Three questions for you that are lingering in my head with my proposed answers.
1. Can the euro area be saved by the Eurobond issuer or by the ESFS (European Stability Fund)?
No. For 3 main reasons. 1) It takes time to build them, these are administrative tools/bodies. 2) Compared to direct ECB (European Central Bank) intervention, both require essentially funding from the markets at market rates and are less capable to have the same quantitative impact. So, to make a long story short, better do it directly with the ECB, the famous proposal of the Lender of Last Resort (LLR). But here are two more questions for you.
2. What is it that we are asking the ECB to do by becoming an LLR?
Good question Piga. Totally unclear. Everyone has his/her opinion. Some (call them As) think that what is sufficient is a mere announcement by the ECB that it will stand ready to buy any amount of governments bonds in the secondary market. Some others (Bs) think instead that ECB should buy any level of public debt in any country that is in excess of 60% of GDP. Some (Cs) say that banks that receive money from the ECB in exchange for their bonds should funnel it only to the private sector to boost credit to (rationed) firms. Some others (Ds) that we should have the ECB recapitalize banks that are currently engaged in a dangerous game of selling those bonds before their price goes further down in an attempt to scale down their liabilities and avoid sinking once and for all. Finally, someone (Es) says that the ECB should target specifically those holders of bonds with high spreads so as to make monetary policy uniform across countries while injecting liquidity in the economy.
What a mess, right. Well how can we understand the true differences across these schemes? First of all notice that almost all of them require the ECB providing money to banks: only guy B’s proposal may imply that such money could to families holding bonds, so let’s get rid of guy B for simplicity. Second, notice the differences between the 4 remaining schemes; they pertain to 1) the type of help the bank receives from the ECB and 2) the type of allocation that one is asking the bank to do with this help.
In particular, proposal D is unique in that it directs the ECB funding to rebuild the equity of banks. What would they do with this added money? Well they could either 1) buy more government bonds or 2) lend it to firms. In option 1) we are back to square one, in that we have no certainty that fragile banks will not keep on selling those bonds to improve their balance sheet, setting the stage for a continuation of the type crisis that justified the intervention. In option 2), are we really sure that loans to firms in this current cycle will not also be considered risky and lead to further downsizing of the balance sheet accounts by repaying debt and not helping the economy?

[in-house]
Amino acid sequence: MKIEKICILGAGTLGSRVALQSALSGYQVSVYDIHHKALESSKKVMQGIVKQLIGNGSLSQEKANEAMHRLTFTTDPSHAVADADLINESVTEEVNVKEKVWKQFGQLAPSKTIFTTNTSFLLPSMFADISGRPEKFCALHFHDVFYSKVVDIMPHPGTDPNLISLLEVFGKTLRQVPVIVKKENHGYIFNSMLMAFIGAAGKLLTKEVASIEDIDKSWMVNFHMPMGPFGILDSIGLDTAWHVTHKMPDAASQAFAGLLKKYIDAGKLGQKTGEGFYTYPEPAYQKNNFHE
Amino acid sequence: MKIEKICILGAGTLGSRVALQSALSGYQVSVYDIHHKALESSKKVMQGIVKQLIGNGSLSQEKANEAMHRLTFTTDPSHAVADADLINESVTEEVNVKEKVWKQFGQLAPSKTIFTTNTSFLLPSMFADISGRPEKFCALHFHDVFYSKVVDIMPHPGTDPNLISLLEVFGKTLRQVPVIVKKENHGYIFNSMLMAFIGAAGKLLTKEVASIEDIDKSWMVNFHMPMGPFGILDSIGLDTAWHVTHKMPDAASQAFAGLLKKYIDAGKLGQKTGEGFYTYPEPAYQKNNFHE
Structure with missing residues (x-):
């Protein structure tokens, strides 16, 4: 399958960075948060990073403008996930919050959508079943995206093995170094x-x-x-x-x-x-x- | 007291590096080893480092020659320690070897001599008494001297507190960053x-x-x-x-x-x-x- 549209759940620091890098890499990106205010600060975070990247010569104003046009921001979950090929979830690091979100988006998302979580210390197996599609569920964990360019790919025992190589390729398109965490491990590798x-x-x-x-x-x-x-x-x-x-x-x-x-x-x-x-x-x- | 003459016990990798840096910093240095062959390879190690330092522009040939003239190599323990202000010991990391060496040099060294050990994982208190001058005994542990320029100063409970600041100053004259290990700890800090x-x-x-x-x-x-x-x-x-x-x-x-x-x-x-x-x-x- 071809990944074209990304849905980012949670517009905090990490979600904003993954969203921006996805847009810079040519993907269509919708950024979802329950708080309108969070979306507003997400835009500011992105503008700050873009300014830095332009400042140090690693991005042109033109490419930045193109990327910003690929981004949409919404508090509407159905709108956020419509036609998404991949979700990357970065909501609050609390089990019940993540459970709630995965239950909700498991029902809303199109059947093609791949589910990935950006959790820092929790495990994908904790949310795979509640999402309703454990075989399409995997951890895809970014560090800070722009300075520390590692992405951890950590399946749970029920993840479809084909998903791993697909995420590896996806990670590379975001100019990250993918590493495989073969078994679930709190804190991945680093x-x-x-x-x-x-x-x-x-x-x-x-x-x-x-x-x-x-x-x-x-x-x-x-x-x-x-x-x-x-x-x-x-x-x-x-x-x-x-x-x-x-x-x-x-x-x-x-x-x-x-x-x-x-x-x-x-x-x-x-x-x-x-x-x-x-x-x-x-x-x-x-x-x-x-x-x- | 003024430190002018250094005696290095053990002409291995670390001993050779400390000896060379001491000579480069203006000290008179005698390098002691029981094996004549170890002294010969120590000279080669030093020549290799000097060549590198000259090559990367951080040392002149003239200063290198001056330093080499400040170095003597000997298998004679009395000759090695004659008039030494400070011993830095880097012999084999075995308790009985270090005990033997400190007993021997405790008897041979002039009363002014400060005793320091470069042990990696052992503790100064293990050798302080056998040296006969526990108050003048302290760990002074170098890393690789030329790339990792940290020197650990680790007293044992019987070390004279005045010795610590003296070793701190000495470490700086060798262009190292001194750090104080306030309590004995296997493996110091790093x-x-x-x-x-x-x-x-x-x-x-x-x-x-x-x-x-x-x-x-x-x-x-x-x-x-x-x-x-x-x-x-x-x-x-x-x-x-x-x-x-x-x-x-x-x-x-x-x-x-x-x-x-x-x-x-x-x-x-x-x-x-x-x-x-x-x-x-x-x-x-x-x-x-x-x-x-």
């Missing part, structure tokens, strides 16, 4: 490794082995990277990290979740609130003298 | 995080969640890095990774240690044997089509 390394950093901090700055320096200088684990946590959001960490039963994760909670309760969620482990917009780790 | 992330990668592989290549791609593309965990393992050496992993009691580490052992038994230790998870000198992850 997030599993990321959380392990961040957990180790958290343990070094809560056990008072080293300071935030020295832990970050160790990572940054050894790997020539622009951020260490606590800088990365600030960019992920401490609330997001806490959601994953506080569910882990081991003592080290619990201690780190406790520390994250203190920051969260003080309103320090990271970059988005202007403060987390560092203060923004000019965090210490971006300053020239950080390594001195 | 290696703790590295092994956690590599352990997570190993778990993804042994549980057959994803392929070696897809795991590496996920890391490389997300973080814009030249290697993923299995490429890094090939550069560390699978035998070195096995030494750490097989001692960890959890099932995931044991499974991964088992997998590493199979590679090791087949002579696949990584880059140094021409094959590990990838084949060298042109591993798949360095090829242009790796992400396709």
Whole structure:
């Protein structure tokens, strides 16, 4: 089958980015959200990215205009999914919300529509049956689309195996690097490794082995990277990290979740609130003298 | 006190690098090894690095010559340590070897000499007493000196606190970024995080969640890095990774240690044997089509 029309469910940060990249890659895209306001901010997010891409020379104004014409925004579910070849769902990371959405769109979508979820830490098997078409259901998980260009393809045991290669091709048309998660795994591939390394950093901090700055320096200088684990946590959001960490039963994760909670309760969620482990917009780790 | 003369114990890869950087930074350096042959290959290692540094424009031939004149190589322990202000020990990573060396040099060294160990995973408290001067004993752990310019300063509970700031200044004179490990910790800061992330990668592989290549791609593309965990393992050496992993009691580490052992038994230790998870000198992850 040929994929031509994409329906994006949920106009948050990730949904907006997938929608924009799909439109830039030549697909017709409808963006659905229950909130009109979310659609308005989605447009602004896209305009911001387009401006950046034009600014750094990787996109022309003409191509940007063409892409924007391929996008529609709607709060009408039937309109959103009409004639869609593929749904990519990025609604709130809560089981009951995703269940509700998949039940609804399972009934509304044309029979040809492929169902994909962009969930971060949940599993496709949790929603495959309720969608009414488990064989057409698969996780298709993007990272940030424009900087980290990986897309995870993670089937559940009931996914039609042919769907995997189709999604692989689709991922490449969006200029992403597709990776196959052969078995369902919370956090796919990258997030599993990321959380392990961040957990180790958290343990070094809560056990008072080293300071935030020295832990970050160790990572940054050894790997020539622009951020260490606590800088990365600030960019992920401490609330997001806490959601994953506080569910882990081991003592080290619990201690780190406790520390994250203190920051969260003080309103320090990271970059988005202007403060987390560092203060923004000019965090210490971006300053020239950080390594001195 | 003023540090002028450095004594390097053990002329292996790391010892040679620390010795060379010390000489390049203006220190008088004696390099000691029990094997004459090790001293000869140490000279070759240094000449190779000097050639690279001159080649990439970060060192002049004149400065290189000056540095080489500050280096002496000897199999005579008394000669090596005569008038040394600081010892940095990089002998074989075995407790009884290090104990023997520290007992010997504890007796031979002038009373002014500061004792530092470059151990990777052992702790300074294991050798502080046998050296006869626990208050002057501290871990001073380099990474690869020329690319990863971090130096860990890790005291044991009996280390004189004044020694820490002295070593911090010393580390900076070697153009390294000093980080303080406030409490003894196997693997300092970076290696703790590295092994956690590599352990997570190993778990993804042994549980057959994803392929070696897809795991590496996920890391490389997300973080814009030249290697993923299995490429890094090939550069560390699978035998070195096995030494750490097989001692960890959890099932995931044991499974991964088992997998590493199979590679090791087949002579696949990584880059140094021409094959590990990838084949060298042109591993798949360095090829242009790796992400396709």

Said in one word: funding with equity banks might be a serious idea in the current environment and we should discuss which policy is best able to do it but it cannot be used to capture 2 birds with one stone, i.e. solve the bank and the government problem. So let’s stay only with the remaining 3 options for an ECB Lender of Last Resort, A, C and E, which all have in common the fact that the ECB buys (or commits to buy) in the secondary market (large, very large) quantities of government bonds. And let us ask the final third question for today.
3) What do we gain with an ECB as LLR?
So. So far we have established that the best thing to do if we want to operate via ECB (and we have seen that ECB support is a potential tool among the few we have) is for it to exchange bonds for cash with the banks. Ok, now, for what purpose?
Well, here again proposers differ. Some (A) for lowering the spreads on government bonds and initiate a virtuous circle where government borrowing needs decline and so do budget deficits. Others instead argue (C) that this money should be used by banks to lend to the economy and starting a virtuous circle where growth picks up and governments improve their situation and spreads decline. Others again (E), a mix of the two. Well let me start with proposal A. Are we really sure that if the ECB buys up government bonds will decline? Well, since spreads are due to risk, the answer might be related to the source of risk we are dealing with. I could well imagine a type of risk eliminated by an aggressive ECB program of the kind we are studying. For example, imagine spreads are high in Italy because banks fear that when large chunks of debt they are holding will reach maturity and reimbursement time comes, no one will want to refinance it, preferring to invest in China instead. Well that’s a good reason, refinancing risk due to liquidity shortages, to keep spreads high. But what if now I know the ECB is there to buy up any bond I might have in my portfolio? Sure enough, that asset will not be risky anymore and spreads could collapse at the news of an LLR called ECB.
Now suppose that the risk is due to the potential break-up of the euro, or to a belief that the Government will never restore growth in that country. How would the knowledge that at any point in time the ECB buy bonds on demand help in any way eliminating that risk? It is a risk that is not controlled by the ECB and thus no insurance is certain here. Spreads would remain high.
What about proposal C? Could the provision of ECB cash to banks reignite credit in the economy? Would interest rates go down and firms be willing to ration less? Would growth start and spreads collapse? Not sure at all. But this is for the next time. We are all tired. My turn to collapse.